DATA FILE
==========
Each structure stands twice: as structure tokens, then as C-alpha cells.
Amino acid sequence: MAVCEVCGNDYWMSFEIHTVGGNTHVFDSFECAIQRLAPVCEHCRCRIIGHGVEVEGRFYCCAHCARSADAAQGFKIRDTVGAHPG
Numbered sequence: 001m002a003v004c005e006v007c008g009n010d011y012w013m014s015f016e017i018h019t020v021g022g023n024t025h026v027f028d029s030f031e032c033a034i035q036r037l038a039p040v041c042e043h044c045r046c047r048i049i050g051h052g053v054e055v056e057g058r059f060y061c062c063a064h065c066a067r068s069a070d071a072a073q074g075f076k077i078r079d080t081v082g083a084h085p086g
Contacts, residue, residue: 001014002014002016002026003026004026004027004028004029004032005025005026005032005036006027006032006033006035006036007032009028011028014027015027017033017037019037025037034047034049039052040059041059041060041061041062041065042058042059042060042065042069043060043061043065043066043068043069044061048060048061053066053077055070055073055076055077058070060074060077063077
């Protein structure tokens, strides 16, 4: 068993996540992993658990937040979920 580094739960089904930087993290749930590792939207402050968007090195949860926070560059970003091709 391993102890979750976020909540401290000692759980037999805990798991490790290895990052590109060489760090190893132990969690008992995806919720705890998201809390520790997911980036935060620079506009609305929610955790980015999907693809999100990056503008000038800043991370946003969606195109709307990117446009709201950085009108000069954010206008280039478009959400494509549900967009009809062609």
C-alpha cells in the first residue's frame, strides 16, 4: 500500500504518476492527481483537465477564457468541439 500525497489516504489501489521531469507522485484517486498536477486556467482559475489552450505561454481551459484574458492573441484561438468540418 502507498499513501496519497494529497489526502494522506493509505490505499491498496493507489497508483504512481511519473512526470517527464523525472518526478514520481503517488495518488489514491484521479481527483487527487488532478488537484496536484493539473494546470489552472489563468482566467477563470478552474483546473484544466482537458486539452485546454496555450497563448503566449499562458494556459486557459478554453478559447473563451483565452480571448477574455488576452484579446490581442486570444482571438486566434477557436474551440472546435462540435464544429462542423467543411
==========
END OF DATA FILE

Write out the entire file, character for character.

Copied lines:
Each structure stands twice: as structure tokens, then as C-alpha cells.
Amino acid sequence: MAVCEVCGNDYWMSFEIHTVGGNTHVFDSFECAIQRLAPVCEHCRCRIIGHGVEVEGRFYCCAHCARSADAAQGFKIRDTVGAHPG
Numbered sequence: 001m002a003v004c005e006v007c008g009n010d011y012w013m014s015f016e017i018h019t020v021g022g023n024t025h026v027f028d029s030f031e032c033a034i035q036r037l038a039p040v041c042e043h044c045r046c047r048i049i050g051h052g053v054e055v056e057g058r059f060y061c062c063a064h065c066a067r068s069a070d071a072a073q074g075f076k077i078r079d080t081v082g083a084h085p086g
Contacts, residue, residue: 001014002014002016002026003026004026004027004028004029004032005025005026005032005036006027006032006033006035006036007032009028011028014027015027017033017037019037025037034047034049039052040059041059041060041061041062041065042058042059042060042065042069043060043061043065043066043068043069044061048060048061053066053077055070055073055076055077058070060074060077063077
């Protein structure tokens, strides 16, 4: 068993996540992993658990937040979920 580094739960089904930087993290749930590792939207402050968007090195949860926070560059970003091709 391993102890979750976020909540401290000692759980037999805990798991490790290895990052590109060489760090190893132990969690008992995806919720705890998201809390520790997911980036935060620079506009609305929610955790980015999907693809999100990056503008000038800043991370946003969606195109709307990117446009709201950085009108000069954010206008280039478009959400494509549900967009009809062609």
C-alpha cells in the first residue's frame, strides 16, 4: 500500500504518476492527481483537465477564457468541439 500525497489516504489501489521531469507522485484517486498536477486556467482559475489552450505561454481551459484574458492573441484561438468540418 502507498499513501496519497494529497489526502494522506493509505490505499491498496493507489497508483504512481511519473512526470517527464523525472518526478514520481503517488495518488489514491484521479481527483487527487488532478488537484496536484493539473494546470489552472489563468482566467477563470478552474483546473484544466482537458486539452485546454496555450497563448503566449499562458494556459486557459478554453478559447473563451483565452480571448477574455488576452484579446490581442486570444482571438486566434477557436474551440472546435462540435464544429462542423467543411